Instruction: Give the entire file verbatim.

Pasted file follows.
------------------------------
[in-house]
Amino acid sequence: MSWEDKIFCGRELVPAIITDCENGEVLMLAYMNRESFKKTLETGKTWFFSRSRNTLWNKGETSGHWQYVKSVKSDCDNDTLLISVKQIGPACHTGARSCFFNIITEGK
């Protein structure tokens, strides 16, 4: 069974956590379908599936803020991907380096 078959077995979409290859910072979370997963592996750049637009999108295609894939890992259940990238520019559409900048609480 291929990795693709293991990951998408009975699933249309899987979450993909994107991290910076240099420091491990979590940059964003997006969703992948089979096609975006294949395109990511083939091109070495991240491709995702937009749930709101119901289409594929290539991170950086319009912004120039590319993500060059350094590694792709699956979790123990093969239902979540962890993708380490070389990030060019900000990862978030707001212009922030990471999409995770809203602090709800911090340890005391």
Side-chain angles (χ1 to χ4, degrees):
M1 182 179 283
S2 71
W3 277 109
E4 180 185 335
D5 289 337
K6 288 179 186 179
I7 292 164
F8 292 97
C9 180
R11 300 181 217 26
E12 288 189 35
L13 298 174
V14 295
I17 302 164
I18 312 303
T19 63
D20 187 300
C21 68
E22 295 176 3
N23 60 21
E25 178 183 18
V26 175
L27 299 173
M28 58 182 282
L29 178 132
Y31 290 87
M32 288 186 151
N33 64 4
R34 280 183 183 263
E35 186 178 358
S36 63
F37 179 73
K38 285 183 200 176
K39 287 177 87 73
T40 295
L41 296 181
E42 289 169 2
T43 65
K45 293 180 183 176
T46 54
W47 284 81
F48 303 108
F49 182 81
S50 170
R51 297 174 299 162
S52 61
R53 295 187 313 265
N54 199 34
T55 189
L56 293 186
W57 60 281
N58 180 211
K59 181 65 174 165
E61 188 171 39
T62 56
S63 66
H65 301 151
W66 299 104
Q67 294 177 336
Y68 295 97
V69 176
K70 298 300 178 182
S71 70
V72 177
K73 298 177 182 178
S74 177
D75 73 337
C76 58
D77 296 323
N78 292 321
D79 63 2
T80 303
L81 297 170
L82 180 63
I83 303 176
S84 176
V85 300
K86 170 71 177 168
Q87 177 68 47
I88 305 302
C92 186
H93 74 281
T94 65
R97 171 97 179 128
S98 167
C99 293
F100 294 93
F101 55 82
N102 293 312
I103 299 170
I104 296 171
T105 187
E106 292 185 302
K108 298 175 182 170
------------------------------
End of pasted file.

[in-house]
Amino acid sequence: MSWEDKIFCGRELVPAIITDCENGEVLMLAYMNRESFKKTLETGKTWFFSRSRNTLWNKGETSGHWQYVKSVKSDCDNDTLLISVKQIGPACHTGARSCFFNIITEGK
């Protein structure tokens, strides 16, 4: 069974956590379908599936803020991907380096 078959077995979409290859910072979370997963592996750049637009999108295609894939890992259940990238520019559409900048609480 291929990795693709293991990951998408009975699933249309899987979450993909994107991290910076240099420091491990979590940059964003997006969703992948089979096609975006294949395109990511083939091109070495991240491709995702937009749930709101119901289409594929290539991170950086319009912004120039590319993500060059350094590694792709699956979790123990093969239902979540962890993708380490070389990030060019900000990862978030707001212009922030990471999409995770809203602090709800911090340890005391």
Side-chain angles (χ1 to χ4, degrees):
M1 182 179 283
S2 71
W3 277 109
E4 180 185 335
D5 289 337
K6 288 179 186 179
I7 292 164
F8 292 97
C9 180
R11 300 181 217 26
E12 288 189 35
L13 298 174
V14 295
I17 302 164
I18 312 303
T19 63
D20 187 300
C21 68
E22 295 176 3
N23 60 21
E25 178 183 18
V26 175
L27 299 173
M28 58 182 282
L29 178 132
Y31 290 87
M32 288 186 151
N33 64 4
R34 280 183 183 263
E35 186 178 358
S36 63
F37 179 73
K38 285 183 200 176
K39 287 177 87 73
T40 295
L41 296 181
E42 289 169 2
T43 65
K45 293 180 183 176
T46 54
W47 284 81
F48 303 108
F49 182 81
S50 170
R51 297 174 299 162
S52 61
R53 295 187 313 265
N54 199 34
T55 189
L56 293 186
W57 60 281
N58 180 211
K59 181 65 174 165
E61 188 171 39
T62 56
S63 66
H65 301 151
W66 299 104
Q67 294 177 336
Y68 295 97
V69 176
K70 298 300 178 182
S71 70
V72 177
K73 298 177 182 178
S74 177
D75 73 337
C76 58
D77 296 323
N78 292 321
D79 63 2
T80 303
L81 297 170
L82 180 63
I83 303 176
S84 176
V85 300
K86 170 71 177 168
Q87 177 68 47
I88 305 302
C92 186
H93 74 281
T94 65
R97 171 97 179 128
S98 167
C99 293
F100 294 93
F101 55 82
N102 293 312
I103 299 170
I104 296 171
T105 187
E106 292 185 302
K108 298 175 182 170